Define your business or startup strategy using this Business Strategy Canvas

An adaption of the Business Model Canvas to help you structure your business strategy.

Paul Elworthy
4 min readOct 19, 2020

A number of formats and approaches exist for how to write a Business Strategy. However, they don’t always cover the key elements I would expect to see in a strategy, and certainly not in a format that can be used in a workshop setting.

One of the most common models used for business design is, of course, the Business Model Canvas (BMC).

The BMC is a great strategizing tool, but it isn’t a business strategy template. I’ve therefore adapted the BMC concept, to meet the key components of a business strategy — the Business Strategy Canvas (BSC).

But before introducing that, it’s probably worth agreeing what a business strategy is.

What is a Business Strategy?

Both business model and business strategy are the basic conditions or blueprints of how a company exists. A business model describes and explains how a company works and makes money. A business strategy shows how a business will leverage its business model, position itself in the market and operate to overcome key challenges you face, in order to meet your business goals.

A business strategy should provide a high level illustration of how you will get from where you are now to where you want to go.

Introducing the Business Strategy Canvas

Like the Business Model Canvas, the Business Strategy Canvas includes elements such as value proposition, market drivers and key operational capabilities, but whereas a BMC helps you lay out how your business delivers value to your customers and how it delivers commercial return, it doesn’t help you define where you are heading and why, and how you will position your business in the market versus competitors.

With the BSC, you can compile, on one sheet, all the key components of your business strategy, including your business vision and values, how you will position yourself in the market, leverage the capabilities, products and services in your business model and overcome key obstacles to attract customers and income.

Another key benefit of working from a Business Strategy Canvas, is that because it is all on one sheet it enables you to brainstorm and co-create with others and forces you to focus only on the most important things.

Developing your Business Strategy

To develop a business strategy — there are a few key questions you need to ask yourself:

  1. What is your reason for being (purpose), which needs to be a purpose totally connected to the business, believable and tangible. Your goal (vision), and what your will business do to realise that goal (mission)? To help you come up with a purpose, vision and mission, check out this website:
  2. What are the principles upon which your business will be based? What are the ‘musts’ and ‘must nots’ that will inform the decisions you make about how your business is run?
  3. What is your market, who will you target and how will you position yourself versus competitors?
  4. What is your ‘value proposition’ ie. How will customers and your stakeholders realise value from the products and services you offer?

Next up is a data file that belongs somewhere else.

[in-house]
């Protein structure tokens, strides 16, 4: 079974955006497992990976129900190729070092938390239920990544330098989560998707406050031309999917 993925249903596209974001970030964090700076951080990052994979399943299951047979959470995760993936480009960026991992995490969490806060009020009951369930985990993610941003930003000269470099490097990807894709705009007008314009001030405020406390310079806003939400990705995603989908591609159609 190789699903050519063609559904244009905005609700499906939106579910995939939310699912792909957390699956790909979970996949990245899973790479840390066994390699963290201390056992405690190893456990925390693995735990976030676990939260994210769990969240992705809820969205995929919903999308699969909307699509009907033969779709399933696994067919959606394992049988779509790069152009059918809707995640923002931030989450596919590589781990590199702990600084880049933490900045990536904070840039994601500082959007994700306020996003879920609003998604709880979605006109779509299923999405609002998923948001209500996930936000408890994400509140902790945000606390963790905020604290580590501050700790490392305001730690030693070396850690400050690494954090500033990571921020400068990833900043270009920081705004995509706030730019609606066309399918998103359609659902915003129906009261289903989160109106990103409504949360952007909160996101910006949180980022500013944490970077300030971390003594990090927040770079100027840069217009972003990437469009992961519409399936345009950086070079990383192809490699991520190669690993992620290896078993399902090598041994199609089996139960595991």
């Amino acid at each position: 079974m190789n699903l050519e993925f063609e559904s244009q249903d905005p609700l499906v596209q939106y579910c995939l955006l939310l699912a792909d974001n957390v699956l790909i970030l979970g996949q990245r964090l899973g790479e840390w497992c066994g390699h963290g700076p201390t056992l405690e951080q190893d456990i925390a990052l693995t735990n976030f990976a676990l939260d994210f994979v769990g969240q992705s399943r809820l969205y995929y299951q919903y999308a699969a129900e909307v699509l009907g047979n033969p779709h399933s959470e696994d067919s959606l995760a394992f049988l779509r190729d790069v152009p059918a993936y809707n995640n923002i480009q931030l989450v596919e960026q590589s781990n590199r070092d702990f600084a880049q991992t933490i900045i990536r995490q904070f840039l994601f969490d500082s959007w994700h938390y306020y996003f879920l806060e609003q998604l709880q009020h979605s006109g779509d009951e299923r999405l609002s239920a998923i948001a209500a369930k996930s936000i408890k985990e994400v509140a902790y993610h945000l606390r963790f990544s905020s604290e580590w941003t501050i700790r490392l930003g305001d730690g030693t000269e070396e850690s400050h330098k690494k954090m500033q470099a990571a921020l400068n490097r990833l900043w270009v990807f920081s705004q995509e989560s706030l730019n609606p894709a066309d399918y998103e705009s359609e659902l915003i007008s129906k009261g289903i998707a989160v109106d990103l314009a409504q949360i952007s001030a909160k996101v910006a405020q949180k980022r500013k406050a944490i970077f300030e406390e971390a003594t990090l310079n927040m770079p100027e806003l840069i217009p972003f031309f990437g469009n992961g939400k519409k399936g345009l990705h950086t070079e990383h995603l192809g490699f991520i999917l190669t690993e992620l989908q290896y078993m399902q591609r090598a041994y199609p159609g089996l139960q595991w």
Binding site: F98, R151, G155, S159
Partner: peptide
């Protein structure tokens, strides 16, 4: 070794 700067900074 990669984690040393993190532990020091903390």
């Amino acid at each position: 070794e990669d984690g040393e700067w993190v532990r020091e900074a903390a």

5. What are the key obstacles that your business strategy and value proposition, need to overcome?
  6. What products and services will you provide that make your value proposition to be true, including how you will measure their performance
  7. How will your operation deliver your products and services to your market, in a way that also supports your value proposition and ensure you create commercial return?
  8. How will you attract and retain income (eg. revenue from sales, funding and capital from investors, income from repeat business), and manage your cost line, to ensure a sustainable business is achievable?

How to read and use the Business Strategy Canvas

The canvas is structured like a Business Model Canvas, however it includes some distinct differences:

  • The top layer — or block — focuses on your broader business vision, goals and values. Why your business exists, what market need it is designed to fulfil and the key values and principles that guide your business decisioning.
  • The middle layer is then effectively read — right to left. On the right is the market context, who your market and target customers are, what their needs and motivations are that you will addressing and also how you plan to position yourself against competitors in the market.
  • In the centre is your Value Proposition block. What are the assets in your business model that deliver value to your customers, in a way that will make your offering attractive?
  • Below that is the Obstacle block. This details the key challenges, risks and threats that you face and that your value proposition is designed to overcome.
  • The left hand block illustrates, at a high level, how your Value Chain (the products, services and operational support functions) will enable your Value Proposition to be realised foryour market and customers.
  • The bottom block focuses on how your business will meet its financial goals. How it will attract income (including by acquiring customers), how it will retain income (such as by creating repeat business) and how it will manage its cost line.

The time frame to consider in the strategy should be at least 1–3 years. It is not meant to be a detailed Business Plan, but act as an input into your Business Plan, which will include further detail on your financial plans, such as cash flow, your go-to-market plans and your operating plans.

I’d love to hear your thoughts.

Happy canvasing!



Paul Elworthy

Experience and business strategist and designer. Living and working in London UK.